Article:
Every audience targeting factor will change the estimated cost, some up and some down. Some target audiences are in higher demand than others. Competition can be a big factor, so even the time of the year can adjust costs. It will cost more to reach people when boosting a post closer to the holiday season, because more people are ramping up their ad spend to reach as many people as they can.
If you want an example of some concrete data, Scott Ayres over at PostPlanner published a case study about a time where he spent $20 boosting posts and ended up making $2,400 in sales because of it. That $20 brought him in 4,600 people in reach, 22 new followers, and 71 reactions on the post.
Granted, this information is almost four years old at this point, so it’s not necessarily accurate to the results you’ll get today. He had a single high value product he was selling and the post was directly selling that product, as well.
There’s also the fact that his particular business in this example doesn’t necessarily scale very well. He has a limited availability for the single product he’s selling. He can’t, say, double his spend and also double his profits. Maybe it was a fluke, maybe it wasn’t. Only experimentation can tell.
How to Boost a Post Effectively
If you’ve been sold, or at least have enough extra budget to boost a few posts and see how they perform, here’s how you can do it.
The first thing you need to do is, well, have an established presence. You want to have a Facebook page that’s all set up and populated with content. It’s going to be harder to boost a post effectively from a brand new page.
You also have to decide on a post you want to boost. As I mentioned above, you generally want to choose a post that is focused on a product or service, something tangible that you can measure results from.
If you want to get something like new page likes, email newsletter subscribers, or something else that doesn’t have a dollar sign attached, you’re going to need to keep track of your data and see how it compares to other sources of those metrics. If you spend $20 and get 100 subscribers, that’s great, but if you get 90 subscribers from an organic posts you didn’t pay for, you’re really paying $20 for 10 subscribers. You need to know what you’re getting and you need to be able to assign a value to it. Obviously, it’s easier if you’re just selling a product and can track how many people buy it because of the post.
To this end, it can also be beneficial to have the Facebook Tracking Pixel installed on your site, in your conversion funnel. Boosting a post won’t necessarily give you detailed tracking using that conversion funnel, but it will show up in your analytics, so you can track the data yourself. It’s quite easy to install the tracking pixel on pretty much any site, too, so you might as well implement it as part of your foundation moving forward.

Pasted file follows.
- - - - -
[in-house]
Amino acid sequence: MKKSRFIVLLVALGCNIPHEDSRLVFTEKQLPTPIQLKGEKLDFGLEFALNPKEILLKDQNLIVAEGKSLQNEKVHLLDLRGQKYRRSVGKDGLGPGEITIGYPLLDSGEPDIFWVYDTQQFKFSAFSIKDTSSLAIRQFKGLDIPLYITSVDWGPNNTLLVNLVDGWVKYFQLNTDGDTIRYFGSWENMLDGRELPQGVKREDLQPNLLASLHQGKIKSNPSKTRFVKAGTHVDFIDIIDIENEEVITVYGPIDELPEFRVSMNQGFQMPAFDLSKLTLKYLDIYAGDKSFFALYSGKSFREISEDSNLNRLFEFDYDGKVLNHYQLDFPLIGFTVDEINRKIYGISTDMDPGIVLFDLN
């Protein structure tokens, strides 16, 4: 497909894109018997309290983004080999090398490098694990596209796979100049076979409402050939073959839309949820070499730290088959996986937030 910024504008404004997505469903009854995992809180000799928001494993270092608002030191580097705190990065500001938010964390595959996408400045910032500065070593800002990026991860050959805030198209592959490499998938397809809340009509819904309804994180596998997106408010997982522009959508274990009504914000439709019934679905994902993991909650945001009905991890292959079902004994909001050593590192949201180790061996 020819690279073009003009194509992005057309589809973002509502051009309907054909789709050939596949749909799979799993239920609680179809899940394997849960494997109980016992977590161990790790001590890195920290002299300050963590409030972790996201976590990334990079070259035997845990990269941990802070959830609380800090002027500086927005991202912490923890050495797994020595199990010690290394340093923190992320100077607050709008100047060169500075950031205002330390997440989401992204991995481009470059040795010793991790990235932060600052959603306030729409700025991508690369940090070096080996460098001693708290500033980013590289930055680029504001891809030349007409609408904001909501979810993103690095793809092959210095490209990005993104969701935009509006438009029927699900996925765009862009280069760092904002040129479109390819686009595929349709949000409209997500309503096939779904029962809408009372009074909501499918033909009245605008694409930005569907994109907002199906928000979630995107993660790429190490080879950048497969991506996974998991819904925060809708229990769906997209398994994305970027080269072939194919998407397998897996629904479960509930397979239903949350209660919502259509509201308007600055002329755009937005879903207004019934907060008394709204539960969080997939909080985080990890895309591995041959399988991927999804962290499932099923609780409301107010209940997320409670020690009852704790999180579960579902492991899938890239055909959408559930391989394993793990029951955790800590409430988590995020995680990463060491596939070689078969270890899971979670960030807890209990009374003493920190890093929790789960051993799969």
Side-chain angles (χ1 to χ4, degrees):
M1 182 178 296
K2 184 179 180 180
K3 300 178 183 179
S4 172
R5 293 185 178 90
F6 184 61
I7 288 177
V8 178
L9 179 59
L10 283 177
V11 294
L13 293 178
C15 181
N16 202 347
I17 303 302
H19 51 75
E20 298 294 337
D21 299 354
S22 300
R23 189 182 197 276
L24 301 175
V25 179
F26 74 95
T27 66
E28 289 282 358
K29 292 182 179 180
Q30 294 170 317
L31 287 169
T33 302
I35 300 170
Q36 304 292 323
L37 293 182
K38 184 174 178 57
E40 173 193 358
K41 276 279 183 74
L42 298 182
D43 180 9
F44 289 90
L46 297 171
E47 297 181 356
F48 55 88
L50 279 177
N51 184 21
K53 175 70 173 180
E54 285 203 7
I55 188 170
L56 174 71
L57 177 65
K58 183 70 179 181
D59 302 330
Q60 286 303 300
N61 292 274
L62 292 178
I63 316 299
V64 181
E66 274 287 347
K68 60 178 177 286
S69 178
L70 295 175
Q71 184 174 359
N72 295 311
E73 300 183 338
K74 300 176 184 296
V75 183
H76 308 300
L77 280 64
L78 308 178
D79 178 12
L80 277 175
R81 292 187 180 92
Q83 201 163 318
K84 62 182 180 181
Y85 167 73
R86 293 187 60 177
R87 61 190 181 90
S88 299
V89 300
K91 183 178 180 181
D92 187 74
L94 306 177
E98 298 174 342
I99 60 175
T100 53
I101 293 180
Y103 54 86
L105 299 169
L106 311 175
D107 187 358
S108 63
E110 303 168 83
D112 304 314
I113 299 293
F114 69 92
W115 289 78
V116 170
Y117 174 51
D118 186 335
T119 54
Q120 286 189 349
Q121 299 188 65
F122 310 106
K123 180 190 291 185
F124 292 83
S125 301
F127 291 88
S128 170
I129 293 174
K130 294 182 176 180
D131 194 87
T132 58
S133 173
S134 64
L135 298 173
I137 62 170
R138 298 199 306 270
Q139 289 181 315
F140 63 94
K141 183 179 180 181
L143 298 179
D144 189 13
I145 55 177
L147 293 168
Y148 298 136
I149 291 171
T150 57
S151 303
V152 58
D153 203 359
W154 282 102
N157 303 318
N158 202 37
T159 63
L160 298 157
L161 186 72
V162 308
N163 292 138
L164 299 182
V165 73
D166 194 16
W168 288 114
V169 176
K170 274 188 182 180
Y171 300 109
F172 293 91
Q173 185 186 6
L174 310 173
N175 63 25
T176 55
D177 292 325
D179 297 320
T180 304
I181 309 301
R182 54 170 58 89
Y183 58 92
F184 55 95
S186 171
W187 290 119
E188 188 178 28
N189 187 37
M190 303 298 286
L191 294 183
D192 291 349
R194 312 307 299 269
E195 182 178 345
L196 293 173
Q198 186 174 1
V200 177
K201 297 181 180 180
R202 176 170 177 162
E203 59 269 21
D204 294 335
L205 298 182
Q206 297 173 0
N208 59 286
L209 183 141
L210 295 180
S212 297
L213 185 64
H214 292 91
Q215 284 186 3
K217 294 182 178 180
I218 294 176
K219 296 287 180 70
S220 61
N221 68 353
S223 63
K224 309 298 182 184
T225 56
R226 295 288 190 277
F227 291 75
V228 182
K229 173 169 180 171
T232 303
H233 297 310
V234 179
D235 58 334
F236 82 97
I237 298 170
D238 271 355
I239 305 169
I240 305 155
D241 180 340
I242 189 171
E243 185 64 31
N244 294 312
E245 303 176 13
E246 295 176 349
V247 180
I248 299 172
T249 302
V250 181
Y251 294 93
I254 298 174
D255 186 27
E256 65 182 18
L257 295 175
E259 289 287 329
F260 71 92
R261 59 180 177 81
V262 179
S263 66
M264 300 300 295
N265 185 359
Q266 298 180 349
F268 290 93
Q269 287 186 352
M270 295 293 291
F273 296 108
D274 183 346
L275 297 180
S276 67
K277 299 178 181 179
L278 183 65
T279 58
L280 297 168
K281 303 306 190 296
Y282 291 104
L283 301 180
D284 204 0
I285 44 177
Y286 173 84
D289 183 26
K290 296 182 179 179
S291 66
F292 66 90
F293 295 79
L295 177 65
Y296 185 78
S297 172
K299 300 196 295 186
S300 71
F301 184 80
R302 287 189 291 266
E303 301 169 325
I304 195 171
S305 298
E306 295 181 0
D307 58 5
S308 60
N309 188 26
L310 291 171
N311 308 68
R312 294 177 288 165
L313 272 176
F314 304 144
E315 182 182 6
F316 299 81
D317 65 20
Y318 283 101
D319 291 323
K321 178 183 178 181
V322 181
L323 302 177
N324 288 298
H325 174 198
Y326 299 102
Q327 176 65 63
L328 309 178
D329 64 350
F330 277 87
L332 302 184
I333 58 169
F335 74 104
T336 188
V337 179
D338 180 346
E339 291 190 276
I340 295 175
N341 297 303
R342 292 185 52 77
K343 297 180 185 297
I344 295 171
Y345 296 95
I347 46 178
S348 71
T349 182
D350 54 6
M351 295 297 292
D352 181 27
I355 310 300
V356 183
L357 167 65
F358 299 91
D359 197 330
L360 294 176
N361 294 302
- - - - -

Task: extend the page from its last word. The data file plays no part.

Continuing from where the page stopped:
Once you have drafted up the post you want, make sure it has the right landing page or link, the right information or call to action, and is free of typos. You don’t want to spend to put a mistake in front of more people, right?
You have two ways to boost a post now. You can post the content organically, and then click the “boost post” button under it once it’s live. Or you can choose the “boost post” option when you’re choosing what type of post you’re posting. This will allow you to boost the post from the word go, instead of having that slight delay.
In either case, you will be taken to the boost post menu, where you can choose your targeting options. Now, you can read extended articles about all the Facebook ad targeting options, but you don’t get access to those targeting options through the boost post box. You have to actually go into the ads manager and make an ad to use them.
With boosted posts, you get to choose locations, age ranges, whether or not the audience likes your page, and if you want to reach friends of followers as well. You have interest targeting as well, but you don’t have many of the advanced options, like education level, income level, and so on.
As you define the audience you want to reach, Facebook will give you a very basic scale of how well define the audience is. Too broad an audience and you’ll be wasting money. Too narrow an audience and you’ll be wasting reach. Of course, when Facebook tells you your potential reach is 7 million people or whatever, that only applies if you have the budget to reach them. You won’t be reaching 7 million people with $20.
If you’re new to boosting posts, I recommend starting small. $1 a day is enough to spend to get you some reasonable results, probably in the mid-hundreds to a few thousand people reached in a given period. If you like the results, you can bump up your budget. If you don’t like them, you can cancel the boost midway through a week or month and try again with a different post later.
You will also be asked to choose a duration for your boost to run. You can choose a day, a week, two weeks, or a date in the future where you want the boost to stop. The duration will be limited by your budget. Say you have a budget of $10. If you set duration to be 1 day, you spend $10 in one day. If you set the duration to be 1 week, you will spend a bit over $1 per day for 7 days. You won’t be able to choose 14 days, because you will have to increase your budget to at least $14.
Once everything is set, you can preview your post and make sure it all looks good. Facebook will then ask for a payment option if you don’t have one on file, which will generally mean a credit card. Add your payment information and confirm it, and Facebook will set your newborn ad free.